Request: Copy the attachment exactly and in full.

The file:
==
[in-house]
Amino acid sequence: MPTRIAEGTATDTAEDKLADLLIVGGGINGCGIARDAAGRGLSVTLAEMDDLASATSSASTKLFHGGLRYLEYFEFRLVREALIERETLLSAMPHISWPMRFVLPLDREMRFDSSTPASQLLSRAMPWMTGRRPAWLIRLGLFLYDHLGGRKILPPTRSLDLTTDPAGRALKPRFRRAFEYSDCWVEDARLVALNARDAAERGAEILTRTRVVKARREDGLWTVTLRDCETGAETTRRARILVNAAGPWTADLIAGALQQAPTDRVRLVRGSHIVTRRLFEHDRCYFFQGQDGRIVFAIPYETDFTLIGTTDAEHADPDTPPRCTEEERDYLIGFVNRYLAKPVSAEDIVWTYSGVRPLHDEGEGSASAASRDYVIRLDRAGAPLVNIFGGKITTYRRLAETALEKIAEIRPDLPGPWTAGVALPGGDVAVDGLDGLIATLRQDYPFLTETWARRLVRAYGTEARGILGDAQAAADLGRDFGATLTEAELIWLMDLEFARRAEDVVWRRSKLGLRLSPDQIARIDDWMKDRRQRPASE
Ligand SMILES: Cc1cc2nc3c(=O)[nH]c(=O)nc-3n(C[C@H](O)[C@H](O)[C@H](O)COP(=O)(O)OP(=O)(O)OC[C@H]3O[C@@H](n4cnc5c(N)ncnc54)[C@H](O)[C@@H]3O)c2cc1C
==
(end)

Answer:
[in-house]
Amino acid sequence: MPTRIAEGTATDTAEDKLADLLIVGGGINGCGIARDAAGRGLSVTLAEMDDLASATSSASTKLFHGGLRYLEYFEFRLVREALIERETLLSAMPHISWPMRFVLPLDREMRFDSSTPASQLLSRAMPWMTGRRPAWLIRLGLFLYDHLGGRKILPPTRSLDLTTDPAGRALKPRFRRAFEYSDCWVEDARLVALNARDAAERGAEILTRTRVVKARREDGLWTVTLRDCETGAETTRRARILVNAAGPWTADLIAGALQQAPTDRVRLVRGSHIVTRRLFEHDRCYFFQGQDGRIVFAIPYETDFTLIGTTDAEHADPDTPPRCTEEERDYLIGFVNRYLAKPVSAEDIVWTYSGVRPLHDEGEGSASAASRDYVIRLDRAGAPLVNIFGGKITTYRRLAETALEKIAEIRPDLPGPWTAGVALPGGDVAVDGLDGLIATLRQDYPFLTETWARRLVRAYGTEARGILGDAQAAADLGRDFGATLTEAELIWLMDLEFARRAEDVVWRRSKLGLRLSPDQIARIDDWMKDRRQRPASE
Ligand SMILES: Cc1cc2nc3c(=O)[nH]c(=O)nc-3n(C[C@H](O)[C@H](O)[C@H](O)COP(=O)(O)OP(=O)(O)OC[C@H]3O[C@@H](n4cnc5c(N)ncnc54)[C@H](O)[C@@H]3O)c2cc1C